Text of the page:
Wednesday, October 13, 2010

Foreign money is influencing elections in America

The Chamber of Commerce is doing just what we should expect from it: using a mix of lies and budgeting tricks to hide that foreign money is buying attack ads in America.

They claim that foreign donor money only goes to non-ad expenses. Which I'll go ahead and believe. But that doesn't mean that foreign money isn't still funding the ads. Yes, that is a contradiction, that's what happens when you're dealing with greedy people who don't give a damn about law or principle.

Here's how foreign money funds ads:
Let's say base expenses are $100, things such as offices and staff and the things that you need even if you're not doing much. Any money after $100 can go to ads. If $100 are given by Americans, then any money after that can go to ads. Even foreign money. Foreign money fills up the base expenses, meaning that more American money can go to ads. Since money is money, that means that in effect, the foreign money has purchased the ads, even if there is not an explicit money->ad transaction, the mere donation of the money will allow for more ads.

This is of course blatantly illegal.
The Federal Election Campaign Act (FECA) prohibits any foreign national from contributing, donating or spending funds in connection with any federal, state, or local election in the United States, either directly or indirectly. It is also unlawful to help foreign nationals violate that ban or to solicit, receive or accept contributions or donations from them. Persons who knowingly and willfully engage in these activities may be subject to fines and/or imprisonment.

The following groups and individuals are considered "foreign nationals" and are, therefore, subject to the prohibition:
# Foreign governments;
# Foreign political parties;
# Foreign corporations;
# Foreign associations;
# Foreign partnerships;

These are the ones giving money to the Chamber of Commerce, money which indirectly funds political advertising in the US.

So when can we expect to see the Chamber brought to trial?


Oh right, I forgot, laws don't apply if you're rich enough.


tishtoshtesh said...

That Market Ticker site I cite occasionally has been on a tear recently about the illegal activities that the financial elite have been up to. It really is trouble when there's a sufficiently stratified society that the upper echelon doesn't need to abide by the rule of law.

Interesting days, these.

Klepsacovic said...

Interesting indeed. A bit frightening. Really doesn't help the deregulation hawks at all.

At this point I'm feeling less afraid of government compared to the 'market'. At least government is one vote per person. Voting with your wallet gets tricky when the other guy has a wallet a million times bigger.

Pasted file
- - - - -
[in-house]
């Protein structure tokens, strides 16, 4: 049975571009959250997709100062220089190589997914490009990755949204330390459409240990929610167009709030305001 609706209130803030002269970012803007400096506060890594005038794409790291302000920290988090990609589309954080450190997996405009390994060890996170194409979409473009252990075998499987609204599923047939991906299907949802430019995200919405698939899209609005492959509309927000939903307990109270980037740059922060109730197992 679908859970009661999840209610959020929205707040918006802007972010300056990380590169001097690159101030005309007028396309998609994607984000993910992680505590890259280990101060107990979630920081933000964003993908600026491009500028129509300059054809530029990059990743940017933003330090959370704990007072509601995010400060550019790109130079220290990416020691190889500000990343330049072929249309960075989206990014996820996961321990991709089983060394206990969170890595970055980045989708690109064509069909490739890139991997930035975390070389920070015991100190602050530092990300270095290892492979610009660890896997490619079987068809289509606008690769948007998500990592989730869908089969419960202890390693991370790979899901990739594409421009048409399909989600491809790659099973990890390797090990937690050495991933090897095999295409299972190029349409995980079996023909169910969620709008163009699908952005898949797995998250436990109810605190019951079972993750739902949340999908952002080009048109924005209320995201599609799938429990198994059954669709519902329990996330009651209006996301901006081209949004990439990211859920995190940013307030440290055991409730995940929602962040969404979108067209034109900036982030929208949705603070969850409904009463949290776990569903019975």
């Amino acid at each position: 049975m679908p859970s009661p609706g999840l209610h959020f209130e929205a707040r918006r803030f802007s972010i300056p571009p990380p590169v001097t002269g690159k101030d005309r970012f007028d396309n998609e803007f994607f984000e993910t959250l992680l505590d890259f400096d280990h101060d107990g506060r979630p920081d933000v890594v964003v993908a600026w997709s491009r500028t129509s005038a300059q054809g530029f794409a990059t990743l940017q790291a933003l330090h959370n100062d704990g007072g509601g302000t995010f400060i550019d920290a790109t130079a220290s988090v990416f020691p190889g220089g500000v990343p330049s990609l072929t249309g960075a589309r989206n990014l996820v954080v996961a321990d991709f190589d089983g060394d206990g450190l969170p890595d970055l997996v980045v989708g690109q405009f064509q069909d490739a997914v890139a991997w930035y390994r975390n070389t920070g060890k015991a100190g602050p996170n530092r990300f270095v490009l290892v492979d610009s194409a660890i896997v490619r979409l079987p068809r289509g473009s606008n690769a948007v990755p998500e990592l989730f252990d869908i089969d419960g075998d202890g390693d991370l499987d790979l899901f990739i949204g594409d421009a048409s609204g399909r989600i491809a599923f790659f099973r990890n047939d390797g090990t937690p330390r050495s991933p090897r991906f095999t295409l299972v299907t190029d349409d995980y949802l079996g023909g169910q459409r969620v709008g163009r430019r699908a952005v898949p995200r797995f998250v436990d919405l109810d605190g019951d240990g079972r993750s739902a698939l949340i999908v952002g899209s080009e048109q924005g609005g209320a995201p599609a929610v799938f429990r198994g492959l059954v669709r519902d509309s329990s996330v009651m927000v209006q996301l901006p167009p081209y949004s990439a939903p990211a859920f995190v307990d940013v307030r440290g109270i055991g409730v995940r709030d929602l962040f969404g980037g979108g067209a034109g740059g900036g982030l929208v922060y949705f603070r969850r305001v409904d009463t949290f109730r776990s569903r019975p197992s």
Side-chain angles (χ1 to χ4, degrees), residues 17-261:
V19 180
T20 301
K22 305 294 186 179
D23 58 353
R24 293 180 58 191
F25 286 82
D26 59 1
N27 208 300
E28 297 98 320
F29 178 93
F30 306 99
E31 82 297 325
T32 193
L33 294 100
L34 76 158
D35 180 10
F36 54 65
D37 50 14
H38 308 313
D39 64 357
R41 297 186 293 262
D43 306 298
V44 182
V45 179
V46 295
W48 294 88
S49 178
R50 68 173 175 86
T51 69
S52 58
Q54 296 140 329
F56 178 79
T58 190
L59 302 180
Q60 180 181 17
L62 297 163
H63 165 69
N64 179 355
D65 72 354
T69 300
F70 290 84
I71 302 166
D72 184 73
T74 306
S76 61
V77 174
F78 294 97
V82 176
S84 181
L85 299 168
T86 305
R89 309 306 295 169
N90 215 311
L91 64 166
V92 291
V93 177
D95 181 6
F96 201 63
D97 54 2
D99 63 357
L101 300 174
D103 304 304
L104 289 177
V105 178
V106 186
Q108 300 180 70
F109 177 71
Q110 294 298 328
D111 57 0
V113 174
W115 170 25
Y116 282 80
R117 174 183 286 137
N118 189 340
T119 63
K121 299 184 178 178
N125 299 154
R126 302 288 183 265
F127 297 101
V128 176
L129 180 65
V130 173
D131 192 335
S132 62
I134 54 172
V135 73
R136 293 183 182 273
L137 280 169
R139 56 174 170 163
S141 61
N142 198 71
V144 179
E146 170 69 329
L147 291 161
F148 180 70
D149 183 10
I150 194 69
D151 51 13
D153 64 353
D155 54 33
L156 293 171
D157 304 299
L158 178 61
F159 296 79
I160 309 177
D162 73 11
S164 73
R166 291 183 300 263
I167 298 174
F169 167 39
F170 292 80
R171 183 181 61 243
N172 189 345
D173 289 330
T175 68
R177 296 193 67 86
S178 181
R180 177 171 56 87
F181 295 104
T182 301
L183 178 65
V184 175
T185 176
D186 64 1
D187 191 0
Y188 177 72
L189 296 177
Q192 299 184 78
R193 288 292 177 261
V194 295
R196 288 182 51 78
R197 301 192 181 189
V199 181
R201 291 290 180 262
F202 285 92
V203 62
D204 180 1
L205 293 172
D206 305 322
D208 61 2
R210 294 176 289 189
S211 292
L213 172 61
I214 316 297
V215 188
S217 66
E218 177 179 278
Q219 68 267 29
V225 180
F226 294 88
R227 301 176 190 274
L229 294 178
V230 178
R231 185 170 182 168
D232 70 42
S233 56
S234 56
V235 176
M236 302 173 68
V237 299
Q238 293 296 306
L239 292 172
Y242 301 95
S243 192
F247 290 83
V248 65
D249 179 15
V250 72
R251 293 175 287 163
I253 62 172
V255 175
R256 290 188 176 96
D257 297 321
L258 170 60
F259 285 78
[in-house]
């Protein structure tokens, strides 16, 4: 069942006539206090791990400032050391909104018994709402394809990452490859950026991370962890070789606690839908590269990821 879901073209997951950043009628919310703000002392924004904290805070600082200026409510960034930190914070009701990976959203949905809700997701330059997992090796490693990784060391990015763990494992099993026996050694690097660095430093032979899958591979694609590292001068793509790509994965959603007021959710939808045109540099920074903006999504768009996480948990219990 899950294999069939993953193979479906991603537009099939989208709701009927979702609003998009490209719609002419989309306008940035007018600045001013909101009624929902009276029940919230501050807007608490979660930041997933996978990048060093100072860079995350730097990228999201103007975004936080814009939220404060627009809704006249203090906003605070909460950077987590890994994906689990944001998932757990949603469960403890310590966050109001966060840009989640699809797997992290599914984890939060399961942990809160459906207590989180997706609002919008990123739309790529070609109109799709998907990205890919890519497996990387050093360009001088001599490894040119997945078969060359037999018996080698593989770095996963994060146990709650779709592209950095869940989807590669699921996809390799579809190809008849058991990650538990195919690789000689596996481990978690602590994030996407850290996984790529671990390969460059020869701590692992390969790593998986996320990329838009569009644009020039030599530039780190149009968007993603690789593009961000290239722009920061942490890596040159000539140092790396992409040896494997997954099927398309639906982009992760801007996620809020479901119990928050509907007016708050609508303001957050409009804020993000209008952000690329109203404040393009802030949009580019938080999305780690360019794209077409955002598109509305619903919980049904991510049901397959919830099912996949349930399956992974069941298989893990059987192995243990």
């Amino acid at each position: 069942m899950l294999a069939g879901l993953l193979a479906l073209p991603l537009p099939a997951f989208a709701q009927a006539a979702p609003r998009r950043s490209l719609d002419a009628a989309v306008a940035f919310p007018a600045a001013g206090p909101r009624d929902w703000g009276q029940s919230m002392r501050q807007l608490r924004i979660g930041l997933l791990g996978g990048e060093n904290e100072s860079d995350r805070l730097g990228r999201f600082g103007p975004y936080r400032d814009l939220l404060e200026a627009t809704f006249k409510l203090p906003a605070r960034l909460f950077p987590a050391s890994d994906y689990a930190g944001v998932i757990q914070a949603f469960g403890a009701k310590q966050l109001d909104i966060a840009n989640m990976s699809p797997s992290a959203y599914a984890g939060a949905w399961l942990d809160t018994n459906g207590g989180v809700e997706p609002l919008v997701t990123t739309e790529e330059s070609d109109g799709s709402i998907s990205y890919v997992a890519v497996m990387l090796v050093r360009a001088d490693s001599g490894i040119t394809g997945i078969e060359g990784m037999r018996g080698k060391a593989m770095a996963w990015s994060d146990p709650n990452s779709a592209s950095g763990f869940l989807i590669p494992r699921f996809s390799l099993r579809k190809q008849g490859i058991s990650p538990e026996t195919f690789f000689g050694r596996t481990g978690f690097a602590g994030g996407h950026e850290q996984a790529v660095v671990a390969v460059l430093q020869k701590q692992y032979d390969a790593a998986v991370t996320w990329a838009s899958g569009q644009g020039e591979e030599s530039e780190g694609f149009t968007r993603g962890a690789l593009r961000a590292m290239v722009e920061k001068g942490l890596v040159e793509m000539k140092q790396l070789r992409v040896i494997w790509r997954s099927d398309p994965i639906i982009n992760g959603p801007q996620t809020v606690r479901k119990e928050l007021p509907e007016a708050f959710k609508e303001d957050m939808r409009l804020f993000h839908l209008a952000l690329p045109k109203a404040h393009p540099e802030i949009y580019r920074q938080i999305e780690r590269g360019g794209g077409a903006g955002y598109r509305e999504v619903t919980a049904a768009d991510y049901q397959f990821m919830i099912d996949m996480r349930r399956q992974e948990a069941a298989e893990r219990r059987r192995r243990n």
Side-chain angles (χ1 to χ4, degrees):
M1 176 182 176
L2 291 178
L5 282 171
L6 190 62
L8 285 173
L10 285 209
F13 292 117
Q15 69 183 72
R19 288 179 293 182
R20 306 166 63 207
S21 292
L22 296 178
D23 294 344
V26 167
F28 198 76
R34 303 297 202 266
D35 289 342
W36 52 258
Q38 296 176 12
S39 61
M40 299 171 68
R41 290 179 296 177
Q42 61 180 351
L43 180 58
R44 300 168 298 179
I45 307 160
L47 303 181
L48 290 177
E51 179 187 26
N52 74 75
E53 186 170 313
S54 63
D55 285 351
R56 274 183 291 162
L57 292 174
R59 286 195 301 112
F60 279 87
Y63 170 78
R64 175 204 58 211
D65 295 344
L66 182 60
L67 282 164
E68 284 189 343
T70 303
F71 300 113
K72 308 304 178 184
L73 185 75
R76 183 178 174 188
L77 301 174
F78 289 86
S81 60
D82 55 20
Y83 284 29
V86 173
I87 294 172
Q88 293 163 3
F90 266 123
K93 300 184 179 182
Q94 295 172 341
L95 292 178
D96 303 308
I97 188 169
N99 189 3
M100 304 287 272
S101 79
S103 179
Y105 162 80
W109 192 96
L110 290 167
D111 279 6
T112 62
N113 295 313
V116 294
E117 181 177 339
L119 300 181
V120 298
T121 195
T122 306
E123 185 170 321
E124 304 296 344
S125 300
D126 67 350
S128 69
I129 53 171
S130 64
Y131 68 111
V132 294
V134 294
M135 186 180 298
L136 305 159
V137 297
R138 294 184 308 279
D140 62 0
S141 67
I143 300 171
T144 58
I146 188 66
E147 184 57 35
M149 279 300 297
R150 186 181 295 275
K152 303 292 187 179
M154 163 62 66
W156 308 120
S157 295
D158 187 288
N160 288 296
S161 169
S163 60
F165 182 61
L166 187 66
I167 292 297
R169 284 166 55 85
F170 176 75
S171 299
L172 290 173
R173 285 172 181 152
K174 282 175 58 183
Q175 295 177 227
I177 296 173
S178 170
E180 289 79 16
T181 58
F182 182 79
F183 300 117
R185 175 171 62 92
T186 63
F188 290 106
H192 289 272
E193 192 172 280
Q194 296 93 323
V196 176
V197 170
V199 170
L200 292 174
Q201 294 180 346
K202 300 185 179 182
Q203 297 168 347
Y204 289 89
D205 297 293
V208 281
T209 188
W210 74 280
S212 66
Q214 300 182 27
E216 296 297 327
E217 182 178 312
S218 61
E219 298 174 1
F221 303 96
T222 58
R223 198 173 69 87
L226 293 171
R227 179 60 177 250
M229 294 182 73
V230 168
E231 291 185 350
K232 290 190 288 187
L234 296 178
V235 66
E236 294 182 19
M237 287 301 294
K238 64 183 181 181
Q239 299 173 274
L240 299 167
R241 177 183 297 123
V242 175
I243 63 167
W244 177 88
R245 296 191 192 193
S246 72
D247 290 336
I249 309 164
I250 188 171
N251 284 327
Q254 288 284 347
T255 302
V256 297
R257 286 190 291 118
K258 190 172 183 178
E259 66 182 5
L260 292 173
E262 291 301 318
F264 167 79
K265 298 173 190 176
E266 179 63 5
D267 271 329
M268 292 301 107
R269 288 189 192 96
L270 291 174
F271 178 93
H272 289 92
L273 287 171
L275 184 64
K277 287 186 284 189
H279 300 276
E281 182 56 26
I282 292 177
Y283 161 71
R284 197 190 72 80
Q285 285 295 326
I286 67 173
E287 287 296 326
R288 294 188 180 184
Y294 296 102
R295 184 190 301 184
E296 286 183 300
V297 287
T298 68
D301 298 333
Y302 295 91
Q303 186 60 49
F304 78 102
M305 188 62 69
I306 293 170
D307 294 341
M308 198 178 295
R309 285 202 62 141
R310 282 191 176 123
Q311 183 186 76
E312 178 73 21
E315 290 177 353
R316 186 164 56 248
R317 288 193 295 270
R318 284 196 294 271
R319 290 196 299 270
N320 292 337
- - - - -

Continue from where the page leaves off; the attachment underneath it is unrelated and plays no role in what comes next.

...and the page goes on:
tishtoshtesh said...

At the same time, the market doesn't have power to directly levy taxes and seize property, and markets tend to act more predictably; for selfish profit rather than nebulous power brokering. On the other hand, markets do what they want to despite regulation oft times, and money can buy politicians.

Six of one, half dozen of the other. :(

Klepsacovic said...

Markets may work only for profit, but that profit just may involved a great deal of nebulous power brokering.

Regulatory capture is a problem. If only we didn't have a cultish devotion to the 'free market' we'd be more able to have proper regulation. Instead we have people claiming to protect the free market with one-sided regulations and tax breaks.

tishtoshtesh said...

Oh, sure, profit can involve a lot of screwy back room deals, but my point is that the end is fairly assured (profit), even if the means can be obscure. That's not always the case with politics where both the means and the end can be shady.

...and yes, the "free market" these days is anything but. I tend to think that a truly free market scares even a lot of those who pay lip service to it. (And not always without reason; regulation has its place.)

Klepsacovic said...

While the goal of the market is money, that's not the end of it: what's the purpose of the money? We don't need to look any further than the Tea Party's funders to see that money doesn't stop in wallets.

A truly free market is self-destructive, since the moment a company gains an advantage, the playing field is tipped. So as you said, regulation is needed, in this case to help tip things back, but in a way that doesn't penalize success.